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TECHNICAL PAPERS

Kernel and Offspring Concepts for the Stability Robustness of Multiple Time Delayed Systems (MTDS)

[+] Author and Article Information
Rifat Sipahi1

Department of Mechanical and Industrial Engineering, Snell Engineering Center, Northeastern University, Boston, MA 02115rifat@coe.neu.edu

Nejat Olgac

Mechanical Engineering Department, University of Connecticut, Storrs, CT 06269-3139olgac@engr.uconn.edu

1

The author conducted this research at the Mechanical Engineering Department, University of Connecticut, Storrs, CT 06269-3139.

J. Dyn. Sys., Meas., Control 129(3), 245-251 (Aug 21, 2006) (7 pages) doi:10.1115/1.2718235 History: Received January 20, 2005; Revised August 21, 2006

A novel treatment for the stability of linear time invariant (LTI) systems with rationally independent multiple time delays is presented in this paper. The independence of delays makes the problem much more challenging compared to systems with commensurate time delays (where the delays have rational relations). We uncover some wonderful features for such systems. For instance, all the imaginary characteristic roots of these systems can be found exhaustively along a set of surfaces in the domain of the delays. They are called the “kernelsurfaces (curves for two-delay cases), and it is proven that the number of the kernel surfaces is manageably small and bounded. All possible time delay combinations, which yield an imaginary characteristic root, lie either on this kernel or its infinitely many “offspring” surfaces. Another hidden feature is that the root tendencies along these surfaces exhibit an invariance property. From these outstanding characteristics an efficient, exact, and exhaustive methodology results for the stability assessment. As an added uniqueness of this method, the systems under consideration do not have to be stable for zero delays. Several example case studies are presented, which are prohibitively difficult, if not impossible to solve using any other peer methodology known to the authors.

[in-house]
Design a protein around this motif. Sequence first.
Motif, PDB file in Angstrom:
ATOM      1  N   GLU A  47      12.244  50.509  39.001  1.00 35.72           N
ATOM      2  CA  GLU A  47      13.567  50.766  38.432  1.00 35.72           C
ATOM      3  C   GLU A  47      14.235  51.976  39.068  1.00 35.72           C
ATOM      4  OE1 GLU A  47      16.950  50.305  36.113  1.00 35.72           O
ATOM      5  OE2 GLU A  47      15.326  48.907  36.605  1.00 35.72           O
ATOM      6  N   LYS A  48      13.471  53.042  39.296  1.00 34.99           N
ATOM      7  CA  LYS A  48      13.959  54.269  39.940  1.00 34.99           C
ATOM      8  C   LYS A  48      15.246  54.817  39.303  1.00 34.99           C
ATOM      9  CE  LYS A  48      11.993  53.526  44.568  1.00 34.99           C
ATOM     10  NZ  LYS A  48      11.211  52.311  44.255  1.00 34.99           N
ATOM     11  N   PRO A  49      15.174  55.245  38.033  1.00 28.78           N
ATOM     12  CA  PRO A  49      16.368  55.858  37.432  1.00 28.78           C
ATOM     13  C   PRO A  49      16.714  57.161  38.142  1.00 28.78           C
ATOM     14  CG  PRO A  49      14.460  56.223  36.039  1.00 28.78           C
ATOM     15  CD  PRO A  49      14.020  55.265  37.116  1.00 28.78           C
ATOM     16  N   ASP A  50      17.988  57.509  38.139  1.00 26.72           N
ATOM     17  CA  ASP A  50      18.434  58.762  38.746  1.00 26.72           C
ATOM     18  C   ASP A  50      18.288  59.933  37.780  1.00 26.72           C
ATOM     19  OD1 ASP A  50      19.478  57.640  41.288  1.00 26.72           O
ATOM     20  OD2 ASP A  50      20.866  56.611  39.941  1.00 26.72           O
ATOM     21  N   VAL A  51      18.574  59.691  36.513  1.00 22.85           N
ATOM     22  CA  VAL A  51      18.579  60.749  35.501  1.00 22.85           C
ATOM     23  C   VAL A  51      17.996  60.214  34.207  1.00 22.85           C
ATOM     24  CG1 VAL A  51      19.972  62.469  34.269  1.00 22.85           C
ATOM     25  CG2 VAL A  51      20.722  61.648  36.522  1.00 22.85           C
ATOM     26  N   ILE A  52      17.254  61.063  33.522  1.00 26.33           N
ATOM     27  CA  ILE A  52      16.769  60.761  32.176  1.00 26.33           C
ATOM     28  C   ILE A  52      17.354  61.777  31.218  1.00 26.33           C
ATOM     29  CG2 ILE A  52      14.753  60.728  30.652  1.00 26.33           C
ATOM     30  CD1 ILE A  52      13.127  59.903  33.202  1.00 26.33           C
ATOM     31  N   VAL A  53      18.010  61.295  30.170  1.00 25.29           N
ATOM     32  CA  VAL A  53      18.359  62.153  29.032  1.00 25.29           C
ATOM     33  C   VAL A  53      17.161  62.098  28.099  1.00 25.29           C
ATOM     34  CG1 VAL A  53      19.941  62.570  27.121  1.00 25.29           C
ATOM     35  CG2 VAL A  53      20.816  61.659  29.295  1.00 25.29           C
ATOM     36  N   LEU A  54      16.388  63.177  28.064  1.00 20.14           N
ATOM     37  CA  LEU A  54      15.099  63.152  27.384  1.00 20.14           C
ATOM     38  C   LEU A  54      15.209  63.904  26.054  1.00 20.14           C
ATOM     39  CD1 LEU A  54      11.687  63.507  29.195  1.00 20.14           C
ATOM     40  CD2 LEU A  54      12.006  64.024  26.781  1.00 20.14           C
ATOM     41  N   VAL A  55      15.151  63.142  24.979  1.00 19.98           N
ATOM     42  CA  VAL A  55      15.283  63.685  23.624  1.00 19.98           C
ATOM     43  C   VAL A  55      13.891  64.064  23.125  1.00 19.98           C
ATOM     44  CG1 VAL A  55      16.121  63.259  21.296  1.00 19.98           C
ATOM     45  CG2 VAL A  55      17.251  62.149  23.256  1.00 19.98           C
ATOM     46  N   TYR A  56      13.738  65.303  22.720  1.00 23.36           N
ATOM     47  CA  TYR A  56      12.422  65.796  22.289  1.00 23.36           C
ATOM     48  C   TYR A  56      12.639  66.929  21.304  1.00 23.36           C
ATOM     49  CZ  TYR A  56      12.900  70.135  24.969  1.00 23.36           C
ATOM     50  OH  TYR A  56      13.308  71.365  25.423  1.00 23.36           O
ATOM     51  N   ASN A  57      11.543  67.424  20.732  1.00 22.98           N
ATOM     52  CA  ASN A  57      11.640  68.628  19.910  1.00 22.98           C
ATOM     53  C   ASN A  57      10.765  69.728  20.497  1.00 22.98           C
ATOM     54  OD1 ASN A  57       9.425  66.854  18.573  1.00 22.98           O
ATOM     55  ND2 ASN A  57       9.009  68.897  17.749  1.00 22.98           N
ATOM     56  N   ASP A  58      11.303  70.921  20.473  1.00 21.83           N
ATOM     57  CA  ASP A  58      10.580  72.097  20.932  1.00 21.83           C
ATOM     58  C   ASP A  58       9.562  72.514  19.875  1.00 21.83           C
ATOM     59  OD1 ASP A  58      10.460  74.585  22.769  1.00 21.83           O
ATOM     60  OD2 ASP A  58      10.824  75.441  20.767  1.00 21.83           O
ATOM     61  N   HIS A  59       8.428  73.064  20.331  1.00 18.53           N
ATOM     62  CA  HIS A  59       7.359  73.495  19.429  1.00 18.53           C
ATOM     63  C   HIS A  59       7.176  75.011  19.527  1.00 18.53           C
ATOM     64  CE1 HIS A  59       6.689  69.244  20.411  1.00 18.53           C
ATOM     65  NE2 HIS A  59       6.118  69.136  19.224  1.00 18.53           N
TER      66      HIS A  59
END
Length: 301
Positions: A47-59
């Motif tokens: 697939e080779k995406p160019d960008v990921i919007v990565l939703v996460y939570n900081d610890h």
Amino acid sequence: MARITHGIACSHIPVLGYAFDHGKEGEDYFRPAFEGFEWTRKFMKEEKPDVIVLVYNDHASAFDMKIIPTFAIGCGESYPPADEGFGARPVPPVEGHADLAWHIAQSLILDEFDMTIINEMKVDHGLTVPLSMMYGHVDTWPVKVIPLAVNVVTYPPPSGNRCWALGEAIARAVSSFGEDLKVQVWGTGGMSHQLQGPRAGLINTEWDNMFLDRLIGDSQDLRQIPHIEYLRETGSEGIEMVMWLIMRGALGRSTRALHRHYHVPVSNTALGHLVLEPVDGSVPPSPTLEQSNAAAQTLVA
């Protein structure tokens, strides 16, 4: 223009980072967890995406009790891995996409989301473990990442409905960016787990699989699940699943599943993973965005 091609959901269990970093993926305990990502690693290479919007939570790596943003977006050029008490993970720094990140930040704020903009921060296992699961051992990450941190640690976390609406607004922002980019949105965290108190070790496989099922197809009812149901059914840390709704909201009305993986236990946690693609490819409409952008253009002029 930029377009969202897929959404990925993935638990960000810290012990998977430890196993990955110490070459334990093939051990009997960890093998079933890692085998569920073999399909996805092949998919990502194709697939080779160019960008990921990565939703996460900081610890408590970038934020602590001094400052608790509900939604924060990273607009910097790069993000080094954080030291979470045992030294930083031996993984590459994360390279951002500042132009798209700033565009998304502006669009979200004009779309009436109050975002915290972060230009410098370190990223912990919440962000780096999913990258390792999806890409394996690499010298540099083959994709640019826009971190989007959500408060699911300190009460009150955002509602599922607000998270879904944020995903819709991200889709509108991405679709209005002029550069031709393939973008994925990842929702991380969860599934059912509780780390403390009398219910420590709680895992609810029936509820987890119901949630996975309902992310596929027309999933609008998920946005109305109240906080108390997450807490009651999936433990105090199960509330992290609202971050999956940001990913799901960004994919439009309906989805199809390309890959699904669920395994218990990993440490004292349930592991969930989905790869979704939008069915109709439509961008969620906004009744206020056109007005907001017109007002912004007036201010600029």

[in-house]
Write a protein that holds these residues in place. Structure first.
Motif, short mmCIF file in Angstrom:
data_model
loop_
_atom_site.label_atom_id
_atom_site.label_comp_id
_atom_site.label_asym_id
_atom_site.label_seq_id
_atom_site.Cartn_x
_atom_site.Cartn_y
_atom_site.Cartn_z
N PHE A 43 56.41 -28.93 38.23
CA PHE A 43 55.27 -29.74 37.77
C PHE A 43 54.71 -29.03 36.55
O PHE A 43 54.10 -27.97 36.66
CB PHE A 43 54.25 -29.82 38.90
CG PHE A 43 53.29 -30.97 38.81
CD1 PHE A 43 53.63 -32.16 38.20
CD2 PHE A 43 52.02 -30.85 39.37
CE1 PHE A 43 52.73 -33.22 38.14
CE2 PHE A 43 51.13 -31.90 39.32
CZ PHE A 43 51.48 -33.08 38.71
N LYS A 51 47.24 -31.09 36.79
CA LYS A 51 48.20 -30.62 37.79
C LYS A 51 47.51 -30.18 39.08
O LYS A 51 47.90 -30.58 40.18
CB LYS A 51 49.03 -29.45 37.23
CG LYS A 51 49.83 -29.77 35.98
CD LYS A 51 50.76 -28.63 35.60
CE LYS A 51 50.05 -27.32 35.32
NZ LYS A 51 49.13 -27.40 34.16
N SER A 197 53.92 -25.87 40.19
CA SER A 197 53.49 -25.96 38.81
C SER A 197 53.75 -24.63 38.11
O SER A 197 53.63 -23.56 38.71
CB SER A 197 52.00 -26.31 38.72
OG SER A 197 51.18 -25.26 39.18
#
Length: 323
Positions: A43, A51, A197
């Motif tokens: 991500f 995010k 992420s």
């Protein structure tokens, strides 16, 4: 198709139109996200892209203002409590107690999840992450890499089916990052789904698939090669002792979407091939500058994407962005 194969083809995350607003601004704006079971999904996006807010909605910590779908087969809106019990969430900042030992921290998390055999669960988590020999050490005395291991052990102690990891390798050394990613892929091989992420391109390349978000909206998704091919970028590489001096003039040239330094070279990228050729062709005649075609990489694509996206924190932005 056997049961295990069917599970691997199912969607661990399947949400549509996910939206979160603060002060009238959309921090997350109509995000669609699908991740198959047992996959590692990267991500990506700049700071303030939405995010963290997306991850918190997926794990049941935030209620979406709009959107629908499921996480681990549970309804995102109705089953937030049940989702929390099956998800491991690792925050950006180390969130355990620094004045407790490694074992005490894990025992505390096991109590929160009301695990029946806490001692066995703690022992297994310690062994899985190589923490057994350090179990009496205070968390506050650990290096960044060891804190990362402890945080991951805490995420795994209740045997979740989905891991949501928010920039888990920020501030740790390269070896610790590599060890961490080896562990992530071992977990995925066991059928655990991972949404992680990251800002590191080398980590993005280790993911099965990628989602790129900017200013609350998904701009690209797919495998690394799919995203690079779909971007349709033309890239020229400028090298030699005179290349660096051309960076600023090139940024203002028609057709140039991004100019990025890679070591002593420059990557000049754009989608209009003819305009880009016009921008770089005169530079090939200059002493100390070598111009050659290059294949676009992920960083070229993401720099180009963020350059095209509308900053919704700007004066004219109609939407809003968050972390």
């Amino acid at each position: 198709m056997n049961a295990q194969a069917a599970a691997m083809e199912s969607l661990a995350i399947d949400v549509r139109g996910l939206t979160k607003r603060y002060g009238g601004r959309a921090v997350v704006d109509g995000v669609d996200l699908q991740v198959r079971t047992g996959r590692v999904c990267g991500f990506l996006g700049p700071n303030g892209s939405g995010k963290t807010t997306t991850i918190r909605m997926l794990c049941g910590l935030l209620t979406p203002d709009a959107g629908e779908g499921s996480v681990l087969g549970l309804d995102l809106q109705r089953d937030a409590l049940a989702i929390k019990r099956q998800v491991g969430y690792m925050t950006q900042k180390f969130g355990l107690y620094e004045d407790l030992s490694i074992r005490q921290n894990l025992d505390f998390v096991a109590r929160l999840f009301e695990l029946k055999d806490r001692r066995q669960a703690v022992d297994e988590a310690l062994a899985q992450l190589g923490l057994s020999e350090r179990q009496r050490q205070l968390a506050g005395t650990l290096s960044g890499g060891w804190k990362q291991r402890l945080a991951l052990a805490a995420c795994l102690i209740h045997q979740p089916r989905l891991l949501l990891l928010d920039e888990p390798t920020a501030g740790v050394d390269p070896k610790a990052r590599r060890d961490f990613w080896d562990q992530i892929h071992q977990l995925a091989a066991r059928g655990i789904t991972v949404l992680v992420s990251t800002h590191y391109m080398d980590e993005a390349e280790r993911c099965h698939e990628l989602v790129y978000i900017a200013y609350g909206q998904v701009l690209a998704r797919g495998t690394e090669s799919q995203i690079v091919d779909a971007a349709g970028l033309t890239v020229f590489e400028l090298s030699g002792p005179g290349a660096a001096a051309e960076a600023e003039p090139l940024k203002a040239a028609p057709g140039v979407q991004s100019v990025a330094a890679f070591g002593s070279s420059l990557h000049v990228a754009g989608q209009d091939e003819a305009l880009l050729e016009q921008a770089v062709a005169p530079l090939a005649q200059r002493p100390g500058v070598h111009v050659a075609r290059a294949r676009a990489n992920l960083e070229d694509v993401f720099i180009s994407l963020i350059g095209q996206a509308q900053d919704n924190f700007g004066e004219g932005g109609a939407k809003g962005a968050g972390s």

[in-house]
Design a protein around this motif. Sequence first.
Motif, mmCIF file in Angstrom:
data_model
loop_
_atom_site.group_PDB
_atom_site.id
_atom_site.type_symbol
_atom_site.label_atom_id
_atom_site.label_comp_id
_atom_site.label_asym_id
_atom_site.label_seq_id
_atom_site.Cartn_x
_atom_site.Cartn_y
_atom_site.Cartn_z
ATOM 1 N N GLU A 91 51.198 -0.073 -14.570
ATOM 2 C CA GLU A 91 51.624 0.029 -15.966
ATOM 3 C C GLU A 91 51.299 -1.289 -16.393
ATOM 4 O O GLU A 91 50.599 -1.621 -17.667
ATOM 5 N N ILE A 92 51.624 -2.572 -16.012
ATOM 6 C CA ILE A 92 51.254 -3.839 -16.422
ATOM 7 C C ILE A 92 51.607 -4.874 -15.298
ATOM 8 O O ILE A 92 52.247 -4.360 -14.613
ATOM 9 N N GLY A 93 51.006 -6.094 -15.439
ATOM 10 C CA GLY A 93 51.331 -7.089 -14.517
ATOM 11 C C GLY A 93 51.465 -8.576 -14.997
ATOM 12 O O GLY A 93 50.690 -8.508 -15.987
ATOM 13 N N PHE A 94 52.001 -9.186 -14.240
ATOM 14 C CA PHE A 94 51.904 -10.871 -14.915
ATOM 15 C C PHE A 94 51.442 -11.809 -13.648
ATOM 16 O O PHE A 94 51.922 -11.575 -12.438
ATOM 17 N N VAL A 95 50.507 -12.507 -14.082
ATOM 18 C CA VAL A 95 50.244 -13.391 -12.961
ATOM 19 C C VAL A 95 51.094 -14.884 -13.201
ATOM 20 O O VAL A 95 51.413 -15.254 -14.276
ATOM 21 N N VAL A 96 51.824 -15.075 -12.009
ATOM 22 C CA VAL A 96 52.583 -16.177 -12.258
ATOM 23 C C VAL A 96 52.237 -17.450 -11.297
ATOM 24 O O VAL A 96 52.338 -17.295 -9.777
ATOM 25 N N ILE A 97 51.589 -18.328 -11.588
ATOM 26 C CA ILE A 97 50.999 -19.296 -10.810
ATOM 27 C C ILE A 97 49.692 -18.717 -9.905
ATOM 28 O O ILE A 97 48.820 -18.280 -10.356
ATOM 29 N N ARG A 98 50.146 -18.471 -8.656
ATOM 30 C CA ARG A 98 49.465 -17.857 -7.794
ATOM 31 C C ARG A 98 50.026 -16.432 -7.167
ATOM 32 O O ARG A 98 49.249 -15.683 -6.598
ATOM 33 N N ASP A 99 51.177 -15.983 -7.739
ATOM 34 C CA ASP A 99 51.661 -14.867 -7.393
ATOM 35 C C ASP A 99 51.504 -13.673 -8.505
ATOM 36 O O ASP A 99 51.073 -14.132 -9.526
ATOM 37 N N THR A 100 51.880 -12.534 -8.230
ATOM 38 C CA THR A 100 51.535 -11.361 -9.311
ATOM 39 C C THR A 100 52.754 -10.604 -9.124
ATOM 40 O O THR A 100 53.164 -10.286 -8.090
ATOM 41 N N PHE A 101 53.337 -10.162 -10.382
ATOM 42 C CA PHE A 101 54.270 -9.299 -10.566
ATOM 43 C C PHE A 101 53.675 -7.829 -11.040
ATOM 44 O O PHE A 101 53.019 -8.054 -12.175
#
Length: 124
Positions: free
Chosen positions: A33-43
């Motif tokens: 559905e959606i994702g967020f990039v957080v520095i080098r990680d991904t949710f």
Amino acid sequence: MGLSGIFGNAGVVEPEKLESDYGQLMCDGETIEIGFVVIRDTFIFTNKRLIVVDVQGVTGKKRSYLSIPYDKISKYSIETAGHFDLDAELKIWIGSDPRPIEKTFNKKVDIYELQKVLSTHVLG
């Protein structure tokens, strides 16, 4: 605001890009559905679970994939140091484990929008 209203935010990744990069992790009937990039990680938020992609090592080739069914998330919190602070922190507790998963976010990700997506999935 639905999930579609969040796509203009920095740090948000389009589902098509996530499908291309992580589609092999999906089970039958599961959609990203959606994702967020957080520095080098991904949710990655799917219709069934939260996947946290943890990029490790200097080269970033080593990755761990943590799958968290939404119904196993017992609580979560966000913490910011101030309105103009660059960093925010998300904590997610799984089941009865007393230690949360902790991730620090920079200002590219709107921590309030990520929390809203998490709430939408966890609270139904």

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Copyright © 2007 by American Society of Mechanical Engineers
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Figures

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Figure 1

R1=0 and the constraint of Eq. 30.

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Figure 2

The kernel formation of Case I and the only possible ωc’s

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Figure 3

Complete stability map of Case I, some RTs and NUs

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Figure 4

Color-coded ωc of the kernel for Case II

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Figure 5

Stability map of Case II

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Figure 6

Color-coded ωc of the kernel for Case III

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Figure 7

Stability map of Case III

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